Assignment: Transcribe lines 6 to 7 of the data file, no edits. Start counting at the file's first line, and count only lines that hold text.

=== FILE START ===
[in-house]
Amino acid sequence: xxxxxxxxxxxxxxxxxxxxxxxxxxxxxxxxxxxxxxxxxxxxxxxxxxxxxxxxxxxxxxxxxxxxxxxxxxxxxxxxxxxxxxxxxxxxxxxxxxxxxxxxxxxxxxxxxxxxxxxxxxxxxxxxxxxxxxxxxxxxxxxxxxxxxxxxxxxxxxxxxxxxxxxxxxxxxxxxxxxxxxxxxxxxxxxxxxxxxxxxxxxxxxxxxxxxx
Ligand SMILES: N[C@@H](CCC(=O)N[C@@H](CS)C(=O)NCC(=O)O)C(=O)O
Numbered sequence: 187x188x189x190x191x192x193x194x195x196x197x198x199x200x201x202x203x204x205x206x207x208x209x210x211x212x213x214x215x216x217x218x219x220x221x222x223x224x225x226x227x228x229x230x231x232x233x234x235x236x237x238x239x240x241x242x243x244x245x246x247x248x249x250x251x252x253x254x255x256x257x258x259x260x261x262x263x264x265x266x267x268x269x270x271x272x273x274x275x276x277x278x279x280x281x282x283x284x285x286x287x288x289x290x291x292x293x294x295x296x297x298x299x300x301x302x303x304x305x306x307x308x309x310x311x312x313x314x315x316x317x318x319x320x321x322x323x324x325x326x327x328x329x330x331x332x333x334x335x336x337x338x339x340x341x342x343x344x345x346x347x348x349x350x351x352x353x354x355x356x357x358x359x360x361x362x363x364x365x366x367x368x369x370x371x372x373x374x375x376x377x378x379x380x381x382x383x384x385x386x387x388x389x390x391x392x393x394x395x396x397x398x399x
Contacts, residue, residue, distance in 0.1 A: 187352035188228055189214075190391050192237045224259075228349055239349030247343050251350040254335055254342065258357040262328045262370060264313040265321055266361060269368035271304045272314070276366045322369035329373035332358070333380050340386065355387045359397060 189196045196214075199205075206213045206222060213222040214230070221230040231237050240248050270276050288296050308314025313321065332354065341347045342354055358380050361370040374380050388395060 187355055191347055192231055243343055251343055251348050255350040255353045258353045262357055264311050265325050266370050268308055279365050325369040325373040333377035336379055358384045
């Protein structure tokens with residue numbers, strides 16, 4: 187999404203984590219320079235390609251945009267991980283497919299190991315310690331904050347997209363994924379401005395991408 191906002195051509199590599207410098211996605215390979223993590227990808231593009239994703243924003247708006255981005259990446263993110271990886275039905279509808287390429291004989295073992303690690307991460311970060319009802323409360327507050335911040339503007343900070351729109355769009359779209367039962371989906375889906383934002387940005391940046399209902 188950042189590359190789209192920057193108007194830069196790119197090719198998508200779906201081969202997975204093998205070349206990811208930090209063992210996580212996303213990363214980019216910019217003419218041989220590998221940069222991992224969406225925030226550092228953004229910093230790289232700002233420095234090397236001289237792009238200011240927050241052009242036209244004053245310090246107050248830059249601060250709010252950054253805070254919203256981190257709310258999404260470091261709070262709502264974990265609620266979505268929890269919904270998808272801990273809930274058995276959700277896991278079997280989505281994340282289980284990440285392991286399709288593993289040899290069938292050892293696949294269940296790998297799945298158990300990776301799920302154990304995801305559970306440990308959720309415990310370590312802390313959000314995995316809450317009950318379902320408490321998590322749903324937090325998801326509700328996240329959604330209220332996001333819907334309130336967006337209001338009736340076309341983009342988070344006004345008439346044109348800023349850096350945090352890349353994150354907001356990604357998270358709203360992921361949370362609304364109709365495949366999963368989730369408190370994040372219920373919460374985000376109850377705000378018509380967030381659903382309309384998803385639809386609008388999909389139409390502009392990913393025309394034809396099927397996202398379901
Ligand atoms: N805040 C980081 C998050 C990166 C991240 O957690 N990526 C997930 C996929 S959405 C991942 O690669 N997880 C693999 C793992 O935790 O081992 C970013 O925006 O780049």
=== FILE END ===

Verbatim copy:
């Protein structure tokens with residue numbers, strides 16, 4: 187999404203984590219320079235390609251945009267991980283497919299190991315310690331904050347997209363994924379401005395991408 191906002195051509199590599207410098211996605215390979223993590227990808231593009239994703243924003247708006255981005259990446263993110271990886275039905279509808287390429291004989295073992303690690307991460311970060319009802323409360327507050335911040339503007343900070351729109355769009359779209367039962371989906375889906383934002387940005391940046399209902 188950042189590359190789209192920057193108007194830069196790119197090719198998508200779906201081969202997975204093998205070349206990811208930090209063992210996580212996303213990363214980019216910019217003419218041989220590998221940069222991992224969406225925030226550092228953004229910093230790289232700002233420095234090397236001289237792009238200011240927050241052009242036209244004053245310090246107050248830059249601060250709010252950054253805070254919203256981190257709310258999404260470091261709070262709502264974990265609620266979505268929890269919904270998808272801990273809930274058995276959700277896991278079997280989505281994340282289980284990440285392991286399709288593993289040899290069938292050892293696949294269940296790998297799945298158990300990776301799920302154990304995801305559970306440990308959720309415990310370590312802390313959000314995995316809450317009950318379902320408490321998590322749903324937090325998801326509700328996240329959604330209220332996001333819907334309130336967006337209001338009736340076309341983009342988070344006004345008439346044109348800023349850096350945090352890349353994150354907001356990604357998270358709203360992921361949370362609304364109709365495949366999963368989730369408190370994040372219920373919460374985000376109850377705000378018509380967030381659903382309309384998803385639809386609008388999909389139409390502009392990913393025309394034809396099927397996202398379901
Ligand atoms: N805040 C980081 C998050 C990166 C991240 O957690 N990526 C997930 C996929 S959405 C991942 O690669 N997880 C693999 C793992 O935790 O081992 C970013 O925006 O780049």